Compare any two graphics cards:
GeForce GTX 580 vs Geforce GTX 680
IntroThe GeForce GTX 580 features a GPU clock speed of 772 MHz, and the 1536 MB of GDDR5 RAM is set to run at 1002 MHz through a 384-bit bus. It also is made up of 512 Stream Processors, 64 Texture Address Units, and 48 Raster Operation Units.
Compare those specifications to the Geforce GTX 680, which uses a 28 nm design. nVidia has set the core frequency at 1006 MHz. The GDDR5 memory runs at a speed of 1502 MHz on this particular card. It features 1536 SPUs as well as 128 TAUs and 32 ROPs.
(No game benchmarks for this combination yet.)
Power Usage and Theoretical Benchmarks
Power Consumption (Max TDP)
The GeForce GTX 580 should theoretically be a little bit faster than the Geforce GTX 680 in general. (explain)
Texel RateThe Geforce GTX 680 is a lot (more or less 161%) better at texture filtering than the GeForce GTX 580. (explain)
Pixel RateThe GeForce GTX 580 will be a small bit (approximately 15%) more effective at FSAA than the Geforce GTX 680, and should be capable of handling higher resolutions better. (explain)
Please note that the above 'benchmarks' are all just theoretical - the results were calculated based on the card's specifications, and real-world performance may (and probably will) vary at least a bit.
Please note that the price comparisons are based on search keywords - sometimes it might show cards with very similar names that are not exactly the same as the one chosen in the comparison. We do try to filter out the wrong results as best we can, though.
Memory Bandwidth: Memory bandwidth is the max amount of information (counted in megabytes per second) that can be moved past the external memory interface in a second. It's calculated by multiplying the card's interface width by its memory clock speed. If the card has DDR RAM, it must be multiplied by 2 again. If it uses DDR5, multiply by 4 instead. The higher the memory bandwidth, the faster the card will be in general. It especially helps with anti-aliasing, High Dynamic Range and higher screen resolutions.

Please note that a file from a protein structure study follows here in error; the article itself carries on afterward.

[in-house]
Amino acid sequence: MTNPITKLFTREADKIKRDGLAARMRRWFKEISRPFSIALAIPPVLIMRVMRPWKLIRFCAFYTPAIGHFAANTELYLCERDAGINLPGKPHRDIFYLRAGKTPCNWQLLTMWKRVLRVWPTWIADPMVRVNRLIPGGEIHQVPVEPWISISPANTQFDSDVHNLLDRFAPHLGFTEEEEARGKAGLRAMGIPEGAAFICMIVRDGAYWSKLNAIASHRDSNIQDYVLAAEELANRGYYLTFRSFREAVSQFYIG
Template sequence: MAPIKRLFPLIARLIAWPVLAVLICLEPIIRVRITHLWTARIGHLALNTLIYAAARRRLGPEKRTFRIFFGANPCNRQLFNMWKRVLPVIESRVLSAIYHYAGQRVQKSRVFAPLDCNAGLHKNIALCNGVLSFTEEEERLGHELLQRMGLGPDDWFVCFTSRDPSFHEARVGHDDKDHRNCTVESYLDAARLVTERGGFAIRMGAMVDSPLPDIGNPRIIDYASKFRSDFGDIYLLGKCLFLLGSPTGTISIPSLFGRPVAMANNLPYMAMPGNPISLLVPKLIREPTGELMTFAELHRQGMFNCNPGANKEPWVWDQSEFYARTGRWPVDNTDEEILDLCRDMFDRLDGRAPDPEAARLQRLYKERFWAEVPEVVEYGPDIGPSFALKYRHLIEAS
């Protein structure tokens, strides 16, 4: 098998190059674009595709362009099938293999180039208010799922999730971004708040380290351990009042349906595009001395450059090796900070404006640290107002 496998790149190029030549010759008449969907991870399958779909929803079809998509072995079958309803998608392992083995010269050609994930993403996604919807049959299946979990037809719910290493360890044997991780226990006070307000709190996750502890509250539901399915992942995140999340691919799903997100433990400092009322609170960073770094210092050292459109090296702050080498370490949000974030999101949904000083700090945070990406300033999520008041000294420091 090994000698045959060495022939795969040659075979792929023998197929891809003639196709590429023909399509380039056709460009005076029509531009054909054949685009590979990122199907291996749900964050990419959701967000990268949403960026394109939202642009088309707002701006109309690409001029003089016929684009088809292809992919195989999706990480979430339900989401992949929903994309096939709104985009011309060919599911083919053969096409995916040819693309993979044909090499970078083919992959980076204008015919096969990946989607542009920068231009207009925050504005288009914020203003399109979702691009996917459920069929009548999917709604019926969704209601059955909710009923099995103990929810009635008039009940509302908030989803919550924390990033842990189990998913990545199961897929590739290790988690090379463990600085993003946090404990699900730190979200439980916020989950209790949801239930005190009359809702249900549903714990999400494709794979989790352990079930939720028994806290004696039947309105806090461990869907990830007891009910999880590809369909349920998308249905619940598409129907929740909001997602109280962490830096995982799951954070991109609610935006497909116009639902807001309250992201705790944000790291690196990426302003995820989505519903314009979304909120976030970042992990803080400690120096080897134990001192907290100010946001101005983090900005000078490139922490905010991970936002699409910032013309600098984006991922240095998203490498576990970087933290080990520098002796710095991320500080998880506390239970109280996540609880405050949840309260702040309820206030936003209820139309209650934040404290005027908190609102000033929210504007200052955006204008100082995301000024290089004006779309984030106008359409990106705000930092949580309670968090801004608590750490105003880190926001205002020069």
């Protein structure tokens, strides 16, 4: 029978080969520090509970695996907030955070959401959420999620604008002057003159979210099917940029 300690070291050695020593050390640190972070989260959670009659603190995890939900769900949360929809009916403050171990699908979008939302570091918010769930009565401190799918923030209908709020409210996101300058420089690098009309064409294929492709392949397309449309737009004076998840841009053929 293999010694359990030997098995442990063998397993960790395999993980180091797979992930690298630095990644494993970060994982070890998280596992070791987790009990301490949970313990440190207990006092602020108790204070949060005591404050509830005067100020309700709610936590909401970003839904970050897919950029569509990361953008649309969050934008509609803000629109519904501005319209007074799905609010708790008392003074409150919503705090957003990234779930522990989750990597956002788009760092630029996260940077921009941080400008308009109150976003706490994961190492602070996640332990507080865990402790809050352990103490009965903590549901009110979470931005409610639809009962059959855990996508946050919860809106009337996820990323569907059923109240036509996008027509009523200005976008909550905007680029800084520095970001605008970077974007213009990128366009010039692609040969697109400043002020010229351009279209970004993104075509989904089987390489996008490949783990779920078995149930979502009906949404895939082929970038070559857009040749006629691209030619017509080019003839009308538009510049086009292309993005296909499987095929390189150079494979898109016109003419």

Texel Rate: Texel rate is the maximum amount of texture map elements (texels) that can be applied per second. This figure is calculated by multiplying the total amount of texture units of the card by the core clock speed of the chip. The better this number, the better the card will be at texture filtering (anisotropic filtering - AF). It is measured in millions of texels processed in one second.
Pixel Rate: Pixel rate is the most pixels the video card can possibly record to the local memory in a second - measured in millions of pixels per second. The number is calculated by multiplying the number of Raster Operations Pipelines by the the core clock speed. ROPs (Raster Operations Pipelines - sometimes also referred to as Render Output Units) are responsible for filling the screen with pixels (the image). The actual pixel output rate is also dependant on lots of other factors, especially the memory bandwidth of the card - the lower the bandwidth is, the lower the potential to get to the max fill rate.